Though she admits she is lucky to be naturally slim, she says that her interest in nutrition was never about weight control. After her university days in Leeds, she decided to study more about the food she was eating; she is self-taught, having worked with a vast range of nutritionists and practitioners to develop her own outlook on nutrition. She started advising friends and then taking on private clients, cooking for them and teaching them how to eat better.
Her sister Melissa (32) who worked as a brand manager for a shoe company prior to the launch of Hemsley + Hemsley, became the other half of the business - a Vogue blog followed along with two books and a television show, and seven years later, they have built up a steady army of fans.
Melissa and Jasmine may have always come as a pair but for the first time, they are doing their own thing. Following East by West, Melissa releases her own book, Eat Happy, in January - and, contrary to rumour, the sisters have not had a big bust-up.
Raised by their English father and Filipino mother in Kingston, south-west London, they are just, as Jasmine points out, into a lot of different things.
"We knew we were tied as a double act, like the Ant and Dec of the food world. We wanted to figure out how not to tie ourselves together forever."
She hopes her book will allow her to shine in her own right; she recognises, however, that they are likely to be "pitted against each other and seen as in competition".
Jasmine is keen to address the concerns of the anti gluten-free brigade, and has since turned her attentions to Ayurvedic practices, a 5,000-year-old form of Indian alternative medicine emphasising a mind-body approach to overall well-being.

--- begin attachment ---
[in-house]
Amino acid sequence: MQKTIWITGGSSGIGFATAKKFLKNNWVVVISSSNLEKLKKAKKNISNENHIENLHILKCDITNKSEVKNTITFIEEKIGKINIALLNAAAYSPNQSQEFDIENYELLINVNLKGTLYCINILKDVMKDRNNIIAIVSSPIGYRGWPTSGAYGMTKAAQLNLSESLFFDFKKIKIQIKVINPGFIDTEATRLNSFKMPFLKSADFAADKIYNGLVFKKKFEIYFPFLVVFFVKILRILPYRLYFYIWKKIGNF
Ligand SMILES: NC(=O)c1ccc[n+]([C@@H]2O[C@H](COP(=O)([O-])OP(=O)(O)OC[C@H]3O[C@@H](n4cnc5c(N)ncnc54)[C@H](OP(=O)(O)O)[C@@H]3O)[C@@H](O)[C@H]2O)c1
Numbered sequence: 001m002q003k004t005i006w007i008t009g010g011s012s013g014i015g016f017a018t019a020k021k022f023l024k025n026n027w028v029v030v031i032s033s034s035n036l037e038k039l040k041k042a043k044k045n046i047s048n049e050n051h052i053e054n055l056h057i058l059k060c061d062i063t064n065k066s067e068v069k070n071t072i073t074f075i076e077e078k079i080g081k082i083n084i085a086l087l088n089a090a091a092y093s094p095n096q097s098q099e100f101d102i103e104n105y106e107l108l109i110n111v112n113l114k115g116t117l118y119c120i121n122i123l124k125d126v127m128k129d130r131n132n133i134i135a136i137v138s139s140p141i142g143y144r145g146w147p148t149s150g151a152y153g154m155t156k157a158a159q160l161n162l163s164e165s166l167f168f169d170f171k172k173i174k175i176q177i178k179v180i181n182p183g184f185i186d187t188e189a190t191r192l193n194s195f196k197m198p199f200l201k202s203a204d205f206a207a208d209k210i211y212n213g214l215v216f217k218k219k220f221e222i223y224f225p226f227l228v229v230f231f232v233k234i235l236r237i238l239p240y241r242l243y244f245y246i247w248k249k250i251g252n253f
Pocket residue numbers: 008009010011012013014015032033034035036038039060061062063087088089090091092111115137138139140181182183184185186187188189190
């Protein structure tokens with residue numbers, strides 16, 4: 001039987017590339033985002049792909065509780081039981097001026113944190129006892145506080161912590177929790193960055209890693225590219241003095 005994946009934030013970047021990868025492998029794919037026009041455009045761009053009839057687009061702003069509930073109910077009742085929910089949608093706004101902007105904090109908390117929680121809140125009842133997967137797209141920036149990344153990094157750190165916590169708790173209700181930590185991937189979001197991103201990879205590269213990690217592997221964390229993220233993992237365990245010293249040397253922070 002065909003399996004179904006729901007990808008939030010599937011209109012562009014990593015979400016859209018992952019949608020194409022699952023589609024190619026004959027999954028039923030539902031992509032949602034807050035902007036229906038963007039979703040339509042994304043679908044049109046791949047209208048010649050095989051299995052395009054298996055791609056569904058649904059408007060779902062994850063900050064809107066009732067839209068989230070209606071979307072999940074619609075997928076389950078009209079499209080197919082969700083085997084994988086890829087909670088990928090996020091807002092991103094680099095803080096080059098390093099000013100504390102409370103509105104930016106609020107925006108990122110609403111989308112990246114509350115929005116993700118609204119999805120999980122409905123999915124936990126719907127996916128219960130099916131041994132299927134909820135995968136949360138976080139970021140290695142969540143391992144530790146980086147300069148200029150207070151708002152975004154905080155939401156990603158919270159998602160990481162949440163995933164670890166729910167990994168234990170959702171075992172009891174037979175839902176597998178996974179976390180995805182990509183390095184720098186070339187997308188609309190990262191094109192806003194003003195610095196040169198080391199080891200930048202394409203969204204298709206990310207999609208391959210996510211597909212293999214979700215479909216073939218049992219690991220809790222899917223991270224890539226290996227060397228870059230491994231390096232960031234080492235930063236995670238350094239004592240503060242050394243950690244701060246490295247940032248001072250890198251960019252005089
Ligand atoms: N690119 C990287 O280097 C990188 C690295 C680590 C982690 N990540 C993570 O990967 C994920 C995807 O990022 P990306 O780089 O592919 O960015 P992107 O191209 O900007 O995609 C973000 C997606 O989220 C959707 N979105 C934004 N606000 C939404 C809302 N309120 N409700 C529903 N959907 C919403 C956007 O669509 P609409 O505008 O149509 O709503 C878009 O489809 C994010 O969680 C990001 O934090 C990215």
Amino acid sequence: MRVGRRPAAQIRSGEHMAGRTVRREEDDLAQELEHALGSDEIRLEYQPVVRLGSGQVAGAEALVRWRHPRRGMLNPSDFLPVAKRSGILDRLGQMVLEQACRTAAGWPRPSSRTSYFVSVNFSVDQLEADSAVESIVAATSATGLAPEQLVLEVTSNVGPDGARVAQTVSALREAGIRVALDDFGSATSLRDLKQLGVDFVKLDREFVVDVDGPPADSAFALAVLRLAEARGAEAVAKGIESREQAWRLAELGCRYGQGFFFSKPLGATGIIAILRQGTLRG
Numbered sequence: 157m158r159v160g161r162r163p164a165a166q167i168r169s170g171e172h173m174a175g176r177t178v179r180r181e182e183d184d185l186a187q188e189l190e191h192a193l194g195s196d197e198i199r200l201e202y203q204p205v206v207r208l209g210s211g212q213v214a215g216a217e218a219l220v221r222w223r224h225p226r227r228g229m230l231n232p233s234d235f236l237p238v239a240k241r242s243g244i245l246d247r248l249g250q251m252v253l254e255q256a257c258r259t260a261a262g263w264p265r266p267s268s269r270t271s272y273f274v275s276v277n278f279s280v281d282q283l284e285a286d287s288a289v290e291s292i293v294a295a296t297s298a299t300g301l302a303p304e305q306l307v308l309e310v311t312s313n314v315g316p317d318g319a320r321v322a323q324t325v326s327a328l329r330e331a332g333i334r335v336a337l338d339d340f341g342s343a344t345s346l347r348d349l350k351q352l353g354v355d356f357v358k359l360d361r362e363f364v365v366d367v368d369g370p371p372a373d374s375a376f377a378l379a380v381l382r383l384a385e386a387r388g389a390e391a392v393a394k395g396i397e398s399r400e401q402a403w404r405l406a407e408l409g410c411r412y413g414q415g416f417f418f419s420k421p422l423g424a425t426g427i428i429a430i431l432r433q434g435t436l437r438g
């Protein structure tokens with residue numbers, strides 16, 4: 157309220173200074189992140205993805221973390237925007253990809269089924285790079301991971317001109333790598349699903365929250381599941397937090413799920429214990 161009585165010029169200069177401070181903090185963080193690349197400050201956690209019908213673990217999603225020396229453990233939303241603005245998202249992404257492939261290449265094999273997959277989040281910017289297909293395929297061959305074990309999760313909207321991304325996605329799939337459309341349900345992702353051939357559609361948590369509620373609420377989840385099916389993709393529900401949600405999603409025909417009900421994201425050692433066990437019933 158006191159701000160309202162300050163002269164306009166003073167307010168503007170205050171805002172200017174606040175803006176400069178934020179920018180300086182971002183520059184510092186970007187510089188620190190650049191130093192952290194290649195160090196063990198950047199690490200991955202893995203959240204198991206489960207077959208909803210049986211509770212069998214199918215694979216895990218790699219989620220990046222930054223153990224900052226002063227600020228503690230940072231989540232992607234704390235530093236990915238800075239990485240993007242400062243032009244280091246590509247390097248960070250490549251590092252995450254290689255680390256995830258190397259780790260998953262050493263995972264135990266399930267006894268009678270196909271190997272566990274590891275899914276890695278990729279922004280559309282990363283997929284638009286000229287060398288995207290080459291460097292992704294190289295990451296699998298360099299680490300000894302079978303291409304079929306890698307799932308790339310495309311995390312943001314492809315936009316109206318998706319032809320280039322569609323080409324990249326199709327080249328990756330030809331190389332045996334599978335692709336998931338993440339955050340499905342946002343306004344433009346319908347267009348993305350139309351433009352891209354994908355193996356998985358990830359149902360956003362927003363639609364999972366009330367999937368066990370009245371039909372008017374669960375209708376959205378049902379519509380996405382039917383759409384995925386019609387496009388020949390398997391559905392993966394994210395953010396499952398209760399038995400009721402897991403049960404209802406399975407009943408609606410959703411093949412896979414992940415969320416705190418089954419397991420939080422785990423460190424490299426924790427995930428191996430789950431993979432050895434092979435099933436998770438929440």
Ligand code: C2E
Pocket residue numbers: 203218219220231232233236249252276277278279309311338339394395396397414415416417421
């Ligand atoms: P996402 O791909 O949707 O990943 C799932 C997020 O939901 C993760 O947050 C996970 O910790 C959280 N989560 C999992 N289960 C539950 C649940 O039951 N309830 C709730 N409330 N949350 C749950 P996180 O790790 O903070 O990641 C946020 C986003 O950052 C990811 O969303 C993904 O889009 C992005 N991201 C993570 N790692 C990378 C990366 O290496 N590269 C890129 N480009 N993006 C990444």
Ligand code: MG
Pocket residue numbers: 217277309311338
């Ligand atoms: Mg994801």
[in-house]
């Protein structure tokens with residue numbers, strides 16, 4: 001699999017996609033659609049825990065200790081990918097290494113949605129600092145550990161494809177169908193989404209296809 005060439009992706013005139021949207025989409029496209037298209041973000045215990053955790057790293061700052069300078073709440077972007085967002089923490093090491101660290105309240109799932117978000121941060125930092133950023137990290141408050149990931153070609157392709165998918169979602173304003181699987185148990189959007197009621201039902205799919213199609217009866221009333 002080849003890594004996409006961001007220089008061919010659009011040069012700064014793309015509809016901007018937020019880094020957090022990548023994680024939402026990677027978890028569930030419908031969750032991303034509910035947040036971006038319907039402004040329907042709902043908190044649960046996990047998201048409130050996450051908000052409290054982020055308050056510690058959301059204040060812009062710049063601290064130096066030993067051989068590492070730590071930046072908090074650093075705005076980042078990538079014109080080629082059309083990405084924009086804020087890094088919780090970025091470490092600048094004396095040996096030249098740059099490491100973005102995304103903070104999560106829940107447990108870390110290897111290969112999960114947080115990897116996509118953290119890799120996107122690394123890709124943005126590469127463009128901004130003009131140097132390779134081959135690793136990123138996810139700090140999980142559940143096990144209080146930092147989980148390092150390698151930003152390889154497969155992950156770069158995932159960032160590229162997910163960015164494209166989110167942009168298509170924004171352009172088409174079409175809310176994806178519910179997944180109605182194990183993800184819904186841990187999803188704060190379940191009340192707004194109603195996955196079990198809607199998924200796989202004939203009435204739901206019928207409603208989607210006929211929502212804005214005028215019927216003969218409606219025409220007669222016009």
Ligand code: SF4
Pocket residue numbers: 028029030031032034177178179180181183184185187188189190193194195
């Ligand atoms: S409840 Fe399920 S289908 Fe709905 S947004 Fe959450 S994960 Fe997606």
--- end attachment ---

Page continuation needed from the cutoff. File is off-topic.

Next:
"We are not necessarily what we eat. We are what we digest, absorb and assimilate, physically, emotionally and mentally," she says, adding that it "supports the idea our vitality, well-being and happiness comes from a life in balance".
It isn't just about food but about meditation, and learning to understand what both your body and your mind need. Isn't this just another fad? "Make Ayurveda part of your basic tool kit and just try it out," she urges me. "Every time you work with nature you always get vitality. It's a philosophy that helps you to intuitively know what you need. It's about bringing in balance and really listening to what your body needs."
Ayurvedic living has, if nothing else, 5,000 years of devotees behind it so is presumably less susceptible to backlash.
It is curious, though, that the Hemsleys and Deliciously Ella have been so unanimously lambasted within the context of the clean eating scandal, where male adherents have not. It is, frankly, "weird", Jasmine says, "to bring up the word clean and not bring up James Duigan. I talk to him all the time about this. He is called Clean and Lean, and nowhere in that [fiasco] did he get brought up."
Either way, Hemsley is keen to dissociate herself with any food fads and continues to extol the virtues of her ancient Indian healthcare regime, which involves daily meditation, early nights and as much yoga as possible.
It may sound complicated, but she insists that "Ayurveda is the most simple [of lifestyles]. Tune in and think about what your body really needs. In so many ways, Ayurveda arms you with knowledge so you quickly learn to identify what you need. You'll quickly get into the rhythm of it."